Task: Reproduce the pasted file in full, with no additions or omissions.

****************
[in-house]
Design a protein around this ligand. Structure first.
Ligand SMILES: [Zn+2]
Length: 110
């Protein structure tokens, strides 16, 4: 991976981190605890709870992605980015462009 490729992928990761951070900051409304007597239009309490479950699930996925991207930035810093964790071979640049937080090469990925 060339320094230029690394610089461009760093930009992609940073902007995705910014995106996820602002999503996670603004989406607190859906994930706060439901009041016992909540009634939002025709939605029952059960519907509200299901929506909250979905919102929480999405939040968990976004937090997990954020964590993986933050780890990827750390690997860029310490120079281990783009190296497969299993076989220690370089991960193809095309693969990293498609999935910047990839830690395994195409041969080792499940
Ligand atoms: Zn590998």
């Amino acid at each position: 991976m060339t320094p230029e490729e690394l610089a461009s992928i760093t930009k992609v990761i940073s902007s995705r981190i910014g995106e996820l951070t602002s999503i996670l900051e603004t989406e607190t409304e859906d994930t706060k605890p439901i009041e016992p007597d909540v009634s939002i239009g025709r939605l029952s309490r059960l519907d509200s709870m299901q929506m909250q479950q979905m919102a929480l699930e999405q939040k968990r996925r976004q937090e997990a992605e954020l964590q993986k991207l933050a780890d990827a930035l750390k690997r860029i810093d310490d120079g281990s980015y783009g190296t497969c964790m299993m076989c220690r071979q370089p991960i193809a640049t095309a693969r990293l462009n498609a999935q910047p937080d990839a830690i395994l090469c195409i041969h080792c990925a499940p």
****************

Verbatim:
[in-house]
Design a protein around this ligand. Structure first.
Ligand SMILES: [Zn+2]
Length: 110
């Protein structure tokens, strides 16, 4: 991976981190605890709870992605980015462009 490729992928990761951070900051409304007597239009309490479950699930996925991207930035810093964790071979640049937080090469990925 060339320094230029690394610089461009760093930009992609940073902007995705910014995106996820602002999503996670603004989406607190859906994930706060439901009041016992909540009634939002025709939605029952059960519907509200299901929506909250979905919102929480999405939040968990976004937090997990954020964590993986933050780890990827750390690997860029310490120079281990783009190296497969299993076989220690370089991960193809095309693969990293498609999935910047990839830690395994195409041969080792499940
Ligand atoms: Zn590998």
């Amino acid at each position: 991976m060339t320094p230029e490729e690394l610089a461009s992928i760093t930009k992609v990761i940073s902007s995705r981190i910014g995106e996820l951070t602002s999503i996670l900051e603004t989406e607190t409304e859906d994930t706060k605890p439901i009041e016992p007597d909540v009634s939002i239009g025709r939605l029952s309490r059960l519907d509200s709870m299901q929506m909250q479950q979905m919102a929480l699930e999405q939040k968990r996925r976004q937090e997990a992605e954020l964590q993986k991207l933050a780890d990827a930035l750390k690997r860029i810093d310490d120079g281990s980015y783009g190296t497969c964790m299993m076989c220690r071979q370089p991960i193809a640049t095309a693969r990293l462009n498609a999935q910047p937080d990839a830690i395994l090469c195409i041969h080792c990925a499940p």